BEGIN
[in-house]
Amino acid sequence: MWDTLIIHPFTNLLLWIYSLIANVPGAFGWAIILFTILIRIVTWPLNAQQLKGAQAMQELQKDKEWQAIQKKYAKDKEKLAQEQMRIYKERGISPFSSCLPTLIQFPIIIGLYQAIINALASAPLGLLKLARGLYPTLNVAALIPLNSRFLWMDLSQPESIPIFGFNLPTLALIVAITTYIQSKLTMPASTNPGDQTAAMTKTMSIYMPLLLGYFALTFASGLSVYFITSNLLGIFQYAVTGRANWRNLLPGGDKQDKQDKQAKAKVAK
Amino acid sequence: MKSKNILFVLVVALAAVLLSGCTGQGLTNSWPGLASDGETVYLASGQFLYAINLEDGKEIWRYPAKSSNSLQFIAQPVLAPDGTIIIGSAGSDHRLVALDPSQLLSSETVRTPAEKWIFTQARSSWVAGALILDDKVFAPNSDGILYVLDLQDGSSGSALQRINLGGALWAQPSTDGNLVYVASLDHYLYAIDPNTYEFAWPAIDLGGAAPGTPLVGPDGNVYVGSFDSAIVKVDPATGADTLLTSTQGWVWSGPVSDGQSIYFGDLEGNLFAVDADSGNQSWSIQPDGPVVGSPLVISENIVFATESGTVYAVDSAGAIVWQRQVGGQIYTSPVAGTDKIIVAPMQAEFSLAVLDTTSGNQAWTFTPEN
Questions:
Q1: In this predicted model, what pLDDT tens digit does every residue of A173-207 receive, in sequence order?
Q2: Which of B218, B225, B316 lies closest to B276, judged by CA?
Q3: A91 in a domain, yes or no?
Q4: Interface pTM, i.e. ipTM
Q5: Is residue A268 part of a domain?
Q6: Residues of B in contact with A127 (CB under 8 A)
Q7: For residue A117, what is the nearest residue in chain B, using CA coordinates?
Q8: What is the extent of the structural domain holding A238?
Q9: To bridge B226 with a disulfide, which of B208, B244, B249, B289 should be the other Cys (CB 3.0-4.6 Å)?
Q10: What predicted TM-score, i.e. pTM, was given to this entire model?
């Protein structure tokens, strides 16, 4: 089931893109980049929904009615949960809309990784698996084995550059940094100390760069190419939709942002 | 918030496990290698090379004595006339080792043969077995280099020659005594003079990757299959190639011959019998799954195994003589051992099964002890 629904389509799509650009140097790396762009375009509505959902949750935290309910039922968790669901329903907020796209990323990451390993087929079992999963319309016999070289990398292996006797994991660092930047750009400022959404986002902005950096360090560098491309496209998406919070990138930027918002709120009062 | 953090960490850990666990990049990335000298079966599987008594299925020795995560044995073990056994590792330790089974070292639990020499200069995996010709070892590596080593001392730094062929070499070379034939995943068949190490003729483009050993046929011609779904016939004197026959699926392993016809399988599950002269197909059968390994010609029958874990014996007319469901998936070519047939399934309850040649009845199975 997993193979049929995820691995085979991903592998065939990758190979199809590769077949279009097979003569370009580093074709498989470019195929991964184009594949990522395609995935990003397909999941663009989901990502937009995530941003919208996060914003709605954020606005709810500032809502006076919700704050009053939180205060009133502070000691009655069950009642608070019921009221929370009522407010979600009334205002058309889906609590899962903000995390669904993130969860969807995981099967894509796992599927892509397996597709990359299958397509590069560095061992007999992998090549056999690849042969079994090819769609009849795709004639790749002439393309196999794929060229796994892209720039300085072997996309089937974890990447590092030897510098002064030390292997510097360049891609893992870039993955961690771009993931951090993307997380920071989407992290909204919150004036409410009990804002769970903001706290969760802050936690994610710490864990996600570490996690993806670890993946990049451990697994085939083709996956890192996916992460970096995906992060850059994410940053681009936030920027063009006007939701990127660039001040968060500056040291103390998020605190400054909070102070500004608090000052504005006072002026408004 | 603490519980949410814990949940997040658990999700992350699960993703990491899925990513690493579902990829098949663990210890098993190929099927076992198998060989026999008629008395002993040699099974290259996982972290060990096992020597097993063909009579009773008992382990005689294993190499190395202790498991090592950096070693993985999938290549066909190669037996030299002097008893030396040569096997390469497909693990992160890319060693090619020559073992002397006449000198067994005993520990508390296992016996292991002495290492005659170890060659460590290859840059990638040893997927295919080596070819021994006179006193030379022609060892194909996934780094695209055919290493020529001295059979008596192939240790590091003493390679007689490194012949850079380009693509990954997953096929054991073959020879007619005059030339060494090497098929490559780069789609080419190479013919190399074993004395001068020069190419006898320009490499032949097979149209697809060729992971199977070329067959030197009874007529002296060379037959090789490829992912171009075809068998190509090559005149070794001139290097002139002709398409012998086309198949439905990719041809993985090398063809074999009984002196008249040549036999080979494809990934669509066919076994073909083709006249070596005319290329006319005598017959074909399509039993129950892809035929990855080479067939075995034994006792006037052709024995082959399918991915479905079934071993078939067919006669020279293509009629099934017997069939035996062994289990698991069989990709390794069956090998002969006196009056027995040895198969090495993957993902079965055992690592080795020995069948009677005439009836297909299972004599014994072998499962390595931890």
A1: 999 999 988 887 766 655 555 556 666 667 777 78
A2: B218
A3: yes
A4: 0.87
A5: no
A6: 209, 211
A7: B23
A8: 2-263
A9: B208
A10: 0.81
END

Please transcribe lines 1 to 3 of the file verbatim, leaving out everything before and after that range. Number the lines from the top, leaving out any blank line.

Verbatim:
[in-house]
Amino acid sequence: MWDTLIIHPFTNLLLWIYSLIANVPGAFGWAIILFTILIRIVTWPLNAQQLKGAQAMQELQKDKEWQAIQKKYAKDKEKLAQEQMRIYKERGISPFSSCLPTLIQFPIIIGLYQAIINALASAPLGLLKLARGLYPTLNVAALIPLNSRFLWMDLSQPESIPIFGFNLPTLALIVAITTYIQSKLTMPASTNPGDQTAAMTKTMSIYMPLLLGYFALTFASGLSVYFITSNLLGIFQYAVTGRANWRNLLPGGDKQDKQDKQAKAKVAK
Amino acid sequence: MKSKNILFVLVVALAAVLLSGCTGQGLTNSWPGLASDGETVYLASGQFLYAINLEDGKEIWRYPAKSSNSLQFIAQPVLAPDGTIIIGSAGSDHRLVALDPSQLLSSETVRTPAEKWIFTQARSSWVAGALILDDKVFAPNSDGILYVLDLQDGSSGSALQRINLGGALWAQPSTDGNLVYVASLDHYLYAIDPNTYEFAWPAIDLGGAAPGTPLVGPDGNVYVGSFDSAIVKVDPATGADTLLTSTQGWVWSGPVSDGQSIYFGDLEGNLFAVDADSGNQSWSIQPDGPVVGSPLVISENIVFATESGTVYAVDSAGAIVWQRQVGGQIYTSPVAGTDKIIVAPMQAEFSLAVLDTTSGNQAWTFTPEN